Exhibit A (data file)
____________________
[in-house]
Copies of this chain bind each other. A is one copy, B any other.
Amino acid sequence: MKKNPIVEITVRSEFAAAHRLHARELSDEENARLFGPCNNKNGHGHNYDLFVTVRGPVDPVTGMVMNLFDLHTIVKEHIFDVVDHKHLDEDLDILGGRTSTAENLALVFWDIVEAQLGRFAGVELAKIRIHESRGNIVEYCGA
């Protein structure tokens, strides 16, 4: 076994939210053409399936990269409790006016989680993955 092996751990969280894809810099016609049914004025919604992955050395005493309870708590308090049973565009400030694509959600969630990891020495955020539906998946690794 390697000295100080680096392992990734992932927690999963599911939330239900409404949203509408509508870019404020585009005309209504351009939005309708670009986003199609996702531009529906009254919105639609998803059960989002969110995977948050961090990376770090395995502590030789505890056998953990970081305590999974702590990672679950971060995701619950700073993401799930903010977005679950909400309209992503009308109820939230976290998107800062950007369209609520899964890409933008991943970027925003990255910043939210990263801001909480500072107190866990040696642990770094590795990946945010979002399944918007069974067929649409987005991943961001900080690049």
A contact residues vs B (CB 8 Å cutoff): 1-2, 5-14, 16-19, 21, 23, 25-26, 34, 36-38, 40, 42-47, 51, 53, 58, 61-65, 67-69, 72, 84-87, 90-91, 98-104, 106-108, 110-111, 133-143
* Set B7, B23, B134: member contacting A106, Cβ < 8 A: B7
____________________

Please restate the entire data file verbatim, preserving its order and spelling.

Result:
[in-house]
Copies of this chain bind each other. A is one copy, B any other.
Amino acid sequence: MKKNPIVEITVRSEFAAAHRLHARELSDEENARLFGPCNNKNGHGHNYDLFVTVRGPVDPVTGMVMNLFDLHTIVKEHIFDVVDHKHLDEDLDILGGRTSTAENLALVFWDIVEAQLGRFAGVELAKIRIHESRGNIVEYCGA
């Protein structure tokens, strides 16, 4: 076994939210053409399936990269409790006016989680993955 092996751990969280894809810099016609049914004025919604992955050395005493309870708590308090049973565009400030694509959600969630990891020495955020539906998946690794 390697000295100080680096392992990734992932927690999963599911939330239900409404949203509408509508870019404020585009005309209504351009939005309708670009986003199609996702531009529906009254919105639609998803059960989002969110995977948050961090990376770090395995502590030789505890056998953990970081305590999974702590990672679950971060995701619950700073993401799930903010977005679950909400309209992503009308109820939230976290998107800062950007369209609520899964890409933008991943970027925003990255910043939210990263801001909480500072107190866990040696642990770094590795990946945010979002399944918007069974067929649409987005991943961001900080690049």
A contact residues vs B (CB 8 Å cutoff): 1-2, 5-14, 16-19, 21, 23, 25-26, 34, 36-38, 40, 42-47, 51, 53, 58, 61-65, 67-69, 72, 84-87, 90-91, 98-104, 106-108, 110-111, 133-143
* Set B7, B23, B134: member contacting A106, Cβ < 8 A: B7